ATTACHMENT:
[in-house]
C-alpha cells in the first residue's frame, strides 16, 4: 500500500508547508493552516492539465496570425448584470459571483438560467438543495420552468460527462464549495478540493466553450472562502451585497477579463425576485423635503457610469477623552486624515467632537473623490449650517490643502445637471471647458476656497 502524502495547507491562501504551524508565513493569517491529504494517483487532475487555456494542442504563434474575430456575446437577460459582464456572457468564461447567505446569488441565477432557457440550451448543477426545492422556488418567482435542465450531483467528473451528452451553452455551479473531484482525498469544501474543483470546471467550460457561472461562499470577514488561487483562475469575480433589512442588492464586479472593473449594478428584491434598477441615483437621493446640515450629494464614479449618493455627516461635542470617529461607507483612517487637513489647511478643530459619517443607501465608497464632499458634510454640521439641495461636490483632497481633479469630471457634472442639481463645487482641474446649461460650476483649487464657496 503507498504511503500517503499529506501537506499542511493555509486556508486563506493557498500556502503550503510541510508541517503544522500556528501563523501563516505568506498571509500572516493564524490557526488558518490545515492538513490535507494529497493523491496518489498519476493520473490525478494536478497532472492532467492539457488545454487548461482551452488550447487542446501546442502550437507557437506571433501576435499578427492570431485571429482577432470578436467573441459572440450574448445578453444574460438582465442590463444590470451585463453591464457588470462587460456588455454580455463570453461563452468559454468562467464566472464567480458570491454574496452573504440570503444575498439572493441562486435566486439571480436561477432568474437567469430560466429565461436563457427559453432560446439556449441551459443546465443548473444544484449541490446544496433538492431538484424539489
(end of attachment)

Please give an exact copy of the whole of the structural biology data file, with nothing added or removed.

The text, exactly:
[in-house]
C-alpha cells in the first residue's frame, strides 16, 4: 500500500508547508493552516492539465496570425448584470459571483438560467438543495420552468460527462464549495478540493466553450472562502451585497477579463425576485423635503457610469477623552486624515467632537473623490449650517490643502445637471471647458476656497 502524502495547507491562501504551524508565513493569517491529504494517483487532475487555456494542442504563434474575430456575446437577460459582464456572457468564461447567505446569488441565477432557457440550451448543477426545492422556488418567482435542465450531483467528473451528452451553452455551479473531484482525498469544501474543483470546471467550460457561472461562499470577514488561487483562475469575480433589512442588492464586479472593473449594478428584491434598477441615483437621493446640515450629494464614479449618493455627516461635542470617529461607507483612517487637513489647511478643530459619517443607501465608497464632499458634510454640521439641495461636490483632497481633479469630471457634472442639481463645487482641474446649461460650476483649487464657496 503507498504511503500517503499529506501537506499542511493555509486556508486563506493557498500556502503550503510541510508541517503544522500556528501563523501563516505568506498571509500572516493564524490557526488558518490545515492538513490535507494529497493523491496518489498519476493520473490525478494536478497532472492532467492539457488545454487548461482551452488550447487542446501546442502550437507557437506571433501576435499578427492570431485571429482577432470578436467573441459572440450574448445578453444574460438582465442590463444590470451585463453591464457588470462587460456588455454580455463570453461563452468559454468562467464566472464567480458570491454574496452573504440570503444575498439572493441562486435566486439571480436561477432568474437567469430560466429565461436563457427559453432560446439556449441551459443546465443548473444544484449541490446544496433538492431538484424539489